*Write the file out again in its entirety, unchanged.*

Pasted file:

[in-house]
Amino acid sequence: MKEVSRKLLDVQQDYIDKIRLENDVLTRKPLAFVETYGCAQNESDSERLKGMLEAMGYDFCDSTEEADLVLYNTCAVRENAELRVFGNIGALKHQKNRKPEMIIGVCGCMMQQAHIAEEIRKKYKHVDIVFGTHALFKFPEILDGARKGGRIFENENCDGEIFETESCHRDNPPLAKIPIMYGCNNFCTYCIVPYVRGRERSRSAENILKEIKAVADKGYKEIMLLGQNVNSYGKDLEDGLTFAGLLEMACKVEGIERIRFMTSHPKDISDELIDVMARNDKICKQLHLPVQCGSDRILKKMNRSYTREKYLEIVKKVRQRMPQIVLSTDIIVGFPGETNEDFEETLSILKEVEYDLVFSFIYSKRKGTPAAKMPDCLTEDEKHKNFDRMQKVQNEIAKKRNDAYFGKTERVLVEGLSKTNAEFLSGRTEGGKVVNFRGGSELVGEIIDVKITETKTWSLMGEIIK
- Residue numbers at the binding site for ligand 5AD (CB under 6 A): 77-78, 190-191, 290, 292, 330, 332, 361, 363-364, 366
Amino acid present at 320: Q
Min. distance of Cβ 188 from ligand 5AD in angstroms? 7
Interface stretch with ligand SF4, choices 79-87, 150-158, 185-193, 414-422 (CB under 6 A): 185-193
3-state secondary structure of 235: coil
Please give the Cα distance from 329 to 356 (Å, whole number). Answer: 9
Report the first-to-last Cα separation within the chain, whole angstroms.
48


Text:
[in-house]
Amino acid sequence: MKEVSRKLLDVQQDYIDKIRLENDVLTRKPLAFVETYGCAQNESDSERLKGMLEAMGYDFCDSTEEADLVLYNTCAVRENAELRVFGNIGALKHQKNRKPEMIIGVCGCMMQQAHIAEEIRKKYKHVDIVFGTHALFKFPEILDGARKGGRIFENENCDGEIFETESCHRDNPPLAKIPIMYGCNNFCTYCIVPYVRGRERSRSAENILKEIKAVADKGYKEIMLLGQNVNSYGKDLEDGLTFAGLLEMACKVEGIERIRFMTSHPKDISDELIDVMARNDKICKQLHLPVQCGSDRILKKMNRSYTREKYLEIVKKVRQRMPQIVLSTDIIVGFPGETNEDFEETLSILKEVEYDLVFSFIYSKRKGTPAAKMPDCLTEDEKHKNFDRMQKVQNEIAKKRNDAYFGKTERVLVEGLSKTNAEFLSGRTEGGKVVNFRGGSELVGEIIDVKITETKTWSLMGEIIK
- Residue numbers at the binding site for ligand 5AD (CB under 6 A): 77-78, 190-191, 290, 292, 330, 332, 361, 363-364, 366
Amino acid present at 320: Q
Min. distance of Cβ 188 from ligand 5AD in angstroms? 7
Interface stretch with ligand SF4, choices 79-87, 150-158, 185-193, 414-422 (CB under 6 A): 185-193
3-state secondary structure of 235: coil
Please give the Cα distance from 329 to 356 (Å, whole number). Answer: 9
Report the first-to-last Cα separation within the chain, whole angstroms.
48